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Coffee narrative with a focus on certification schemes: Ethiopian agri-food value chain in a global market context.

Oe, H., Yamaoka, Y. and Ochiai, H., 2022. Coffee narrative with a focus on certification schemes: Ethiopian agri-food value chain in a global market context. International Journal of Business Management and Economic Review, 5 (5), 103-122.

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DOI: 10.35409/IJBMER.2022.3435


Certification schemes that simultaneously promote ecologically sustainable agriculture and improve livelihoods are being used on a global scale. Particularly in the agrifood sector in developing countries, the introduction and implementation of certification schemes, supported by international aid agencies and donor organisations, is generally highly valued for its contribution to community self-reliance and improved working conditions for workers, in addition to economic outcomes. However, few studies have analysed stakeholders' perceptions of certification schemes in detail and suggested policy implications. This study focuses on the value chain of certified Ethiopian coffee and qualitatively assesses the prospects and challenges of coffee certification schemes, challenges to be transcended for building sustainable communities and pathways to solutions from the perspective of three groups: coffee farmers in Ethiopia, supply chain stakeholders and consumers in Japan, its largest importer and consumer, and experts on certification schemes in the agricultural sector in developing countries. Primary data provided for the analysis was collected from a total of 24 stakeholders (8 from Ethiopian coffee farmers and managers in Group 1, 10 from importing and distributors of coffee and consumers in coffee consuming countries in Group 2, and 6 from experts on certification systems and academics in the agribusiness sector in Group 3) The interviews were conducted using the ZOOM remote method, taking into account the Covid situation. The textual data obtained were analysed using triangulation techniques according to the three groups of interviewees. It has been found that local farmers were at least aware of the certification schemes themselves, but were not interested in their overarching significance or impact on the supply chain as a whole (Group 1). On the other hand, both Groups 2 and 3 recognised the significance of using certification schemes as an opportunity for the sustainable success of agro-businesses and the balanced development of local communities. In particular, the third group commonly argued for the importance of a system that benefits the production area. The biggest challenge facing certification schemes is the indifference of production areas and, ironically, the imbalance of interests on the part of consumers. Consumer groups in consumption areas, especially in the metropolitan areas of developed countries, perceive a product with a certification mark as a brand value, and in the B2B marketing process in the sales channel, the fact that a product has a certification mark is perceived as a unique selling point (USP). On the other hand, with regard to the conservation of natural assets in certified areas, which is one of the main objectives of the certification system, the study concluded that the establishment of a regional learning scheme involving local farmers and public institutions is an urgent issue, not to mention the fact that field surveys to quantitatively monitor and evaluate the condition of agricultural land are essential. In particular, three points were highlighted: improving the working conditions of women workers, spreading awareness for this purpose and the values that should be passed on to the next generation. It was suggested that effective operation of certification schemes is in line with the achievement of SDG 12, but that a comprehensive approach to the implementation of certification schemes and a tireless review strategy, closely linked to SDG 5 (gender equality) and SDG 8 (decent work and economic growth), is essential. Particularly in a situation where short-term economic benefits from premium prices are greater than the potential medium- and long-term benefits of certification schemes, the conclusion is that local villagers and farmers should simultaneously emphasise the importance of investing in environmental improvements for farm workers and fair wage systems, together with extension and education programmes on the original purpose and significance of certification schemes and their long-term implications.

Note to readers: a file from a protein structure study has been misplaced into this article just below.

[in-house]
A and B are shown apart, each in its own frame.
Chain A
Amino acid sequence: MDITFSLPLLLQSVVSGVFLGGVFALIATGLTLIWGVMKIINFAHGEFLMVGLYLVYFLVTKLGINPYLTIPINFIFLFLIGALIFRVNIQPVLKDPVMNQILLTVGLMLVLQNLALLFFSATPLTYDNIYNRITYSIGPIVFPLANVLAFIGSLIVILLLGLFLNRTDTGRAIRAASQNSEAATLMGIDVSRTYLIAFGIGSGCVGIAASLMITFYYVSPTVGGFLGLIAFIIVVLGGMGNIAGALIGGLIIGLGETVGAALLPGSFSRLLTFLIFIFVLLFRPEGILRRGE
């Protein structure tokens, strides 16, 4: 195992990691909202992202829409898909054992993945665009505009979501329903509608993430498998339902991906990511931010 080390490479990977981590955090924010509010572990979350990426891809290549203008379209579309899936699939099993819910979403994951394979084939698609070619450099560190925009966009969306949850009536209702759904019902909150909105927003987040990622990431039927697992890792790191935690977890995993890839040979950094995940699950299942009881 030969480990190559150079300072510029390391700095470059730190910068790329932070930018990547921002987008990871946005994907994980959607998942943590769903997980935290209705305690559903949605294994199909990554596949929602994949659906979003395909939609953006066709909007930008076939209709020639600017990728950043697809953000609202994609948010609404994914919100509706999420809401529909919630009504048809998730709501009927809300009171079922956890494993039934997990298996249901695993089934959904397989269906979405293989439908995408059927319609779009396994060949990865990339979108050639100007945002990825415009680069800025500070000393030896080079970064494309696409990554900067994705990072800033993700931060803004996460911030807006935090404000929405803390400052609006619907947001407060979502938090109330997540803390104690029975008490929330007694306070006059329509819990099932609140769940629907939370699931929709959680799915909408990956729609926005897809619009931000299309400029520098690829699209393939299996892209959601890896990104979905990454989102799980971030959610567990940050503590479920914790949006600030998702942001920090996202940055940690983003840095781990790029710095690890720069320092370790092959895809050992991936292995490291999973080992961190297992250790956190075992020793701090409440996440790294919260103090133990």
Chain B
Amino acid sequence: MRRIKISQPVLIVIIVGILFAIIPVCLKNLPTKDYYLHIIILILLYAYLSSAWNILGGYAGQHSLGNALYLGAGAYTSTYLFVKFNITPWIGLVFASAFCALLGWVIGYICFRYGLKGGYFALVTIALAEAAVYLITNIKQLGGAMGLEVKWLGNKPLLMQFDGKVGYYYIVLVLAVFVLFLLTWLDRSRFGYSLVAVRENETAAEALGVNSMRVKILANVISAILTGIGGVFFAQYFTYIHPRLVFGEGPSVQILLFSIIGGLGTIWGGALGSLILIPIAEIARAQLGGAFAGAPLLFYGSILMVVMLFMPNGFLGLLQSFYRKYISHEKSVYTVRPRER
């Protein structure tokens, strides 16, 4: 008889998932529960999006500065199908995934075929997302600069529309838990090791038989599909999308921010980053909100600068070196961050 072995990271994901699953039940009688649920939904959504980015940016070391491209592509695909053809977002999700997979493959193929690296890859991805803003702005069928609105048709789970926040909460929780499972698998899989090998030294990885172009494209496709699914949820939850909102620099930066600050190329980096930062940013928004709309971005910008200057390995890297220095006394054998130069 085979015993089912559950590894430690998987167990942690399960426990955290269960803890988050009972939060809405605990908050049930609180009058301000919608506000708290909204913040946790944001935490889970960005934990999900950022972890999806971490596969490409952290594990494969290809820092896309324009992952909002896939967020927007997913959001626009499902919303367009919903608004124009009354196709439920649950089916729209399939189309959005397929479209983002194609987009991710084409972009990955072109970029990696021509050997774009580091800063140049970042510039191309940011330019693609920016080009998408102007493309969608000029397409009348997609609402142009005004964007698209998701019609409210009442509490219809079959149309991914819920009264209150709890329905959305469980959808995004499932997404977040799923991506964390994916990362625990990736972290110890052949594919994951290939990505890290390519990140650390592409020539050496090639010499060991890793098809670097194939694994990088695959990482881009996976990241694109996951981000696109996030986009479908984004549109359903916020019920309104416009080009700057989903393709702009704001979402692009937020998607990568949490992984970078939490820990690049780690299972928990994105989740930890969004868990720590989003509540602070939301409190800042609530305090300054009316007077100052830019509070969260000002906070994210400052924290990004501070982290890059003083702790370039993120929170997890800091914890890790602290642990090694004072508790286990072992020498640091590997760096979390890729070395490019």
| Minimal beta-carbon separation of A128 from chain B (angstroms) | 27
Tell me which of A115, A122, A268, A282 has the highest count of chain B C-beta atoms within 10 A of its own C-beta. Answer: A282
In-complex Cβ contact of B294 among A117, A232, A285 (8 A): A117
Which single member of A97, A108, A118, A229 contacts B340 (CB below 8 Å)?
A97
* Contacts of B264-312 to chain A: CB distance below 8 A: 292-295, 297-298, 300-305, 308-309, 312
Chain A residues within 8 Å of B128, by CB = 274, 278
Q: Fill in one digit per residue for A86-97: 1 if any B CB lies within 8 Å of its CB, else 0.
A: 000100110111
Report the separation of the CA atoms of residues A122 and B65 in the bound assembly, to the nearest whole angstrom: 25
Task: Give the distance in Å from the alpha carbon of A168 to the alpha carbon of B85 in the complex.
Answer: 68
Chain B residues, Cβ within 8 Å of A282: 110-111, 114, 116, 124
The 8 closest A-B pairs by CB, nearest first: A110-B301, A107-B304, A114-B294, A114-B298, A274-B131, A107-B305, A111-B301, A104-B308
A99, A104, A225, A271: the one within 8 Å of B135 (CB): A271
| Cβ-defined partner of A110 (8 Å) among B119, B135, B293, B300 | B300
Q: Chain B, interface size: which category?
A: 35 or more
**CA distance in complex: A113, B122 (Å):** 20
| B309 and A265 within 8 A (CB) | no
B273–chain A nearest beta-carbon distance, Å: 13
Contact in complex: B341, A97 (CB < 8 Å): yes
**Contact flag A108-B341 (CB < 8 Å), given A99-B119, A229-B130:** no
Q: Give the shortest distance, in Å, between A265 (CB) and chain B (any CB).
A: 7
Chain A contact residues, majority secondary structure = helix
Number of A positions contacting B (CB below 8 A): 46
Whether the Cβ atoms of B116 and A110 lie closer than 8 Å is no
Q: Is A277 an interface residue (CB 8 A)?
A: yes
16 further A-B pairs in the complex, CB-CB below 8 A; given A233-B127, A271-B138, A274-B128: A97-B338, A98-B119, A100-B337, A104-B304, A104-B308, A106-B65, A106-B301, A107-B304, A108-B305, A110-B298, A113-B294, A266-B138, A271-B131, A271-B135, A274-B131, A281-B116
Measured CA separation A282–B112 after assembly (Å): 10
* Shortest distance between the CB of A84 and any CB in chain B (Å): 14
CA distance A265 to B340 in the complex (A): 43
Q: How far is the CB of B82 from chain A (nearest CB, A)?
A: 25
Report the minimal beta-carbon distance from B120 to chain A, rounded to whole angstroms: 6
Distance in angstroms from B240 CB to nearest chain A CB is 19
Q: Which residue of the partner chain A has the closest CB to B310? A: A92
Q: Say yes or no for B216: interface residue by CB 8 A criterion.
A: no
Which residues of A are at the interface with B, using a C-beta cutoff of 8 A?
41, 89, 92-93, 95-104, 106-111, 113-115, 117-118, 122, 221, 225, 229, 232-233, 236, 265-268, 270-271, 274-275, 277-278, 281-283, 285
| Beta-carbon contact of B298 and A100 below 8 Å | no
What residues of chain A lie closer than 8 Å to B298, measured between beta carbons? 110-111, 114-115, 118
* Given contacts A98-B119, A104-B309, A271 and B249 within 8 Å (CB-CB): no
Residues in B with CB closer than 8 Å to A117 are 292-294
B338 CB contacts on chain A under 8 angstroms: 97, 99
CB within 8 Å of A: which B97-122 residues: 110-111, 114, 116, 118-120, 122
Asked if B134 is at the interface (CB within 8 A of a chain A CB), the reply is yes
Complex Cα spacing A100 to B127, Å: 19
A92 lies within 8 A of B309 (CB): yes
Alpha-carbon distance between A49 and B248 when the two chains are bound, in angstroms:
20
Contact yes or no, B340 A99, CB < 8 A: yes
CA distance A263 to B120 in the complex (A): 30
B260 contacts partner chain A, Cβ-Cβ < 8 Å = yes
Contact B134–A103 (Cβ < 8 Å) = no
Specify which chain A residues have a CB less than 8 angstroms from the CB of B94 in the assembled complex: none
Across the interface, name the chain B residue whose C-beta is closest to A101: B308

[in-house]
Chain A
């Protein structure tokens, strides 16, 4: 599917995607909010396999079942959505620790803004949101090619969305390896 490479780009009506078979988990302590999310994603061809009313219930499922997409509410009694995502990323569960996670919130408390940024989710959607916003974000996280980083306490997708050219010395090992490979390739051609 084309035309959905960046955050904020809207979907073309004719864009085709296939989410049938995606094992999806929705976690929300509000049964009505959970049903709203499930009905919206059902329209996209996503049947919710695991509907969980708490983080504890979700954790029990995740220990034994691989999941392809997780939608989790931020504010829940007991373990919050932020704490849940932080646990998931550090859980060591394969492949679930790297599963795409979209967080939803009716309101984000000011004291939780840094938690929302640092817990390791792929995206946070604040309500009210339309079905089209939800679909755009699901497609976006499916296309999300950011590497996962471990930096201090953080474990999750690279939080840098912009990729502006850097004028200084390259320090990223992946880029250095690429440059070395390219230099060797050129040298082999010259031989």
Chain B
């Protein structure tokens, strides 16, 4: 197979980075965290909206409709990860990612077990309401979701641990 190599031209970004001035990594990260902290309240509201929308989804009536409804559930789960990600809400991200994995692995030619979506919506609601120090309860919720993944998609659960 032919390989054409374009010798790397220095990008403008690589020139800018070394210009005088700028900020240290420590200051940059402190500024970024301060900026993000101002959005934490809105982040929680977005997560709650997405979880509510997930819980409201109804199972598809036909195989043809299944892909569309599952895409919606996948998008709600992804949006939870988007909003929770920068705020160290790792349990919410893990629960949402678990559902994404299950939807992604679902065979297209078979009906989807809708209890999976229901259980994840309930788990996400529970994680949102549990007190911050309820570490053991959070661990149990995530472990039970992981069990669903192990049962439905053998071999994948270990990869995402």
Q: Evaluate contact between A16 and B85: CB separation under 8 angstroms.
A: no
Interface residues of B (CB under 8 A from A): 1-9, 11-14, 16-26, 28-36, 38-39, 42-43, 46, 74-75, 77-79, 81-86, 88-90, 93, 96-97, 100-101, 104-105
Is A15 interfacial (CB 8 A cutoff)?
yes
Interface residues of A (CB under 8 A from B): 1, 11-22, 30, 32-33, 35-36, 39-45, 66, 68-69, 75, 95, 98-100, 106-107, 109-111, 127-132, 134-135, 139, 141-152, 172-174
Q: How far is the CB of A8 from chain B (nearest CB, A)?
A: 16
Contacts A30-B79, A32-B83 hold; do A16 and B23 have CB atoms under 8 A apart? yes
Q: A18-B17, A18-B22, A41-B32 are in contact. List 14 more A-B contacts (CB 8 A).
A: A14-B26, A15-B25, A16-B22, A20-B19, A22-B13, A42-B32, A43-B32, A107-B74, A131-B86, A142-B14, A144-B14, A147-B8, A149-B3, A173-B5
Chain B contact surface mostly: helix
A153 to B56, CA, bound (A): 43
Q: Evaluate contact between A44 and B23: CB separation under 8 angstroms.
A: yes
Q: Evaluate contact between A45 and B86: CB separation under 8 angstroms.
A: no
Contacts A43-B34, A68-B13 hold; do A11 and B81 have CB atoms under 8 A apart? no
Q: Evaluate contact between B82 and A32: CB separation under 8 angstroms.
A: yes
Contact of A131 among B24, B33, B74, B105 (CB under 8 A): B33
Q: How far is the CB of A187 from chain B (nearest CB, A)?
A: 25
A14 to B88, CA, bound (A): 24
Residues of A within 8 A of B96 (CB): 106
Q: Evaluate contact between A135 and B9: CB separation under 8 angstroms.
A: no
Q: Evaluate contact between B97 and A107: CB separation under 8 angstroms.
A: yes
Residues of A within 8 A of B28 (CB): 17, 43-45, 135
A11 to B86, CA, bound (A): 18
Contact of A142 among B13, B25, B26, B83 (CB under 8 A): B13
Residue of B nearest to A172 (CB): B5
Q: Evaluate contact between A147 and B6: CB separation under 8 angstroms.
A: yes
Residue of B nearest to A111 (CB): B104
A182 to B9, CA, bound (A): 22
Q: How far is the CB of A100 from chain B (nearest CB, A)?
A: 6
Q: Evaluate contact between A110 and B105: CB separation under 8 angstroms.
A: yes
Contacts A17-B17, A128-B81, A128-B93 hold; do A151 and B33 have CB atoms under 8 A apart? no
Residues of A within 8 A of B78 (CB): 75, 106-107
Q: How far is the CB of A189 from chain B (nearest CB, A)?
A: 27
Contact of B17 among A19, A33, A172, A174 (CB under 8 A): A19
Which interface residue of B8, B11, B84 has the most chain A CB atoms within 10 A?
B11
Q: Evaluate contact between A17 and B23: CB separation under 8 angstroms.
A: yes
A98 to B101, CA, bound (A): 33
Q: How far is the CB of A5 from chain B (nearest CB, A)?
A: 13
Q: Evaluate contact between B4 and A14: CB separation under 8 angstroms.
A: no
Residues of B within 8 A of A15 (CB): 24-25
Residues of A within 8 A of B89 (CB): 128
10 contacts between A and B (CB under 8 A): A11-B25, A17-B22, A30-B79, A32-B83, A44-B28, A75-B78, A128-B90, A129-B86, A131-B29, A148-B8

Item Type:Article
Uncontrolled Keywords:agri-food sector; sustainable supply chain; coffee; value chain; Certification; resilience; ecosystem; labour conditions; UN SDGs
Group:Bournemouth University Business School
ID Code:37313
Deposited By: Symplectic RT2
Deposited On:04 Aug 2022 08:59
Last Modified:25 Jan 2023 12:52


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